Hari Singh Dhillon

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Maharaja Hari Singh Dhillon (died 1764), was one of the most powerful, admired and famous of all the royal Sikh warriors of the 18th century.


He was Maharaja of Amritsar, Lahore and large areas of central and western Panjab. He was the nephew of Bhuma Singh Dhillon, a famous Sikh soldier. They were a family of Jats of the Dhillon clan. His military exploits were legendary and his defence of Amritsar, with his army, from Afghan attacks is still remembered with much affection by the Sikh community today. His army became the most popular to join due to his tireless defence of Amritsar.

Such was the respect and admiration of the Sikh community for Hari Singh, that at the formation of the Dal Khalsa in 1748, he was democratically elected leader of the Taruna Dal at Amritsar which is considered to be one of the greatest honours given, in the 18th century, to any Sikh.

Hari Singh Dhillon fought against the Afghans with the help of his friends Charhat Singh Sukerchakia (the grandfather of Maharaja Ranjit Singh) and Baron Jassa Singh Ahluwalia, during Ahmed Shah Abdali's sixth invasion of Punjab. He was an intelligent leader, a progressive soldier and a wise statesman. The author of Tarikh-e-Punjab writes that "Hari Singh was clever, powerful and a man of shining abilities."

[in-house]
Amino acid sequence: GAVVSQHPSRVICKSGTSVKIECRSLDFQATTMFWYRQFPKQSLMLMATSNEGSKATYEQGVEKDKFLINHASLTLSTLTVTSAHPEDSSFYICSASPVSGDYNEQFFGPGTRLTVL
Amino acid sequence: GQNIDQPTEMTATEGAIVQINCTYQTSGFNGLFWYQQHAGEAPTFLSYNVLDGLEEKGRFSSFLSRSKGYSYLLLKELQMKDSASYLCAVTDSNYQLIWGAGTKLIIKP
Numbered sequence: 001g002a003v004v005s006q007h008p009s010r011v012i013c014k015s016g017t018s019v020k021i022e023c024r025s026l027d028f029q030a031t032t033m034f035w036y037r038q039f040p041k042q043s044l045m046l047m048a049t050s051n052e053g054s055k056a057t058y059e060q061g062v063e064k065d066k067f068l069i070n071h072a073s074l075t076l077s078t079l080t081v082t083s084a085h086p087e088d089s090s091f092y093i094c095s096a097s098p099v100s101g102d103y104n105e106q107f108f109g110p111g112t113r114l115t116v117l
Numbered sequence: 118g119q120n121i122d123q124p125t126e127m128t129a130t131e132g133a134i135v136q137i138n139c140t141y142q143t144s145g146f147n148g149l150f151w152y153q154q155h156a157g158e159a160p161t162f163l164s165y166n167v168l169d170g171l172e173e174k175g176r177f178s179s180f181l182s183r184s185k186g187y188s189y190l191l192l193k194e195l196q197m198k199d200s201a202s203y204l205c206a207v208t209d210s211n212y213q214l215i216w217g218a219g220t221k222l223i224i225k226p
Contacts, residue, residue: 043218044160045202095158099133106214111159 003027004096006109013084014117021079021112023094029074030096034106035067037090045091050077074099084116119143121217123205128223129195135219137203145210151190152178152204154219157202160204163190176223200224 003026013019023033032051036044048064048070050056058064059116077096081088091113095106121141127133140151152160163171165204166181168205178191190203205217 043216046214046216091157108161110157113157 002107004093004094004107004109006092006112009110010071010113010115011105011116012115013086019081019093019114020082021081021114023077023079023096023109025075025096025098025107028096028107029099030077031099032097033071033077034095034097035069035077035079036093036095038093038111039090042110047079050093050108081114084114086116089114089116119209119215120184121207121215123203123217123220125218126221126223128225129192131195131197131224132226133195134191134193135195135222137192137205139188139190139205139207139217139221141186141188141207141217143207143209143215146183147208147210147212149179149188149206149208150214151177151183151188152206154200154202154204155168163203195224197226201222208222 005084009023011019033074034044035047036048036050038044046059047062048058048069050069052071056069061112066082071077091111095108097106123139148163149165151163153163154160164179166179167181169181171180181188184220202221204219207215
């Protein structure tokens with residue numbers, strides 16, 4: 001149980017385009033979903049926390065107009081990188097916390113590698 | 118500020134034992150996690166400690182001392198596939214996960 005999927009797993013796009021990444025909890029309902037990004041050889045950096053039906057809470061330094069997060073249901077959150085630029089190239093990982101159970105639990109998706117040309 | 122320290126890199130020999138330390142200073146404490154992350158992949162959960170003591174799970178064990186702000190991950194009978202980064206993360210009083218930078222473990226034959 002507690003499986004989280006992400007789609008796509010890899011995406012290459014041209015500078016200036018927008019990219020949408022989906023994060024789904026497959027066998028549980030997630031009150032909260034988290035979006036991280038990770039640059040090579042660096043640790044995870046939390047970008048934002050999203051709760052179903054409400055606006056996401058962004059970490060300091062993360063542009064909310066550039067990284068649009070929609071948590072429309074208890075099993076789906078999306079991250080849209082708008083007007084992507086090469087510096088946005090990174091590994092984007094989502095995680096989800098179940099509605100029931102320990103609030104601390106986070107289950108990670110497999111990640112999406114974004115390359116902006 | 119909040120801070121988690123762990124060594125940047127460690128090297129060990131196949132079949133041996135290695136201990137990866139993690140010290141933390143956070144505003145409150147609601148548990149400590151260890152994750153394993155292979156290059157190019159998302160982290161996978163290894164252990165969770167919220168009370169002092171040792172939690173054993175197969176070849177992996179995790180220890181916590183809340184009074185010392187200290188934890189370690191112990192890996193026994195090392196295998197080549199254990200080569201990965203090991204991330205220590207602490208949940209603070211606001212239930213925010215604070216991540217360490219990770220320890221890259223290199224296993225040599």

His two sons were Jhanda Singh Dhillon and Ganda Singh Dhillon. He based his HQ around Amritsar.

After the death of Hari Singh Dhillon, The Dhillon sirdars went on to become the most powerful family in Panjab. They ruled over most of the major cities of Punjab, including Amritsar, Lahore, Multan, Chiniot, Jhang, Bhera, Rawalpindi, Hasan Abdal, Sialkot and Gujrat and large areas of central and western Panjab. They were the first Sikh family to conquer Multan, although they were unable to hold onto it. The Dhillon family's power brought them, some 30 years later after Hari Singh Dhillon, into conflict with their neighbours. They were eventually defeated by an alliance of rival Sikh misls, led by Ranjit Singh.

See also


  • The Sikh Commonwealth or Rise and Fall of Sikh Misls. Edition:2001.

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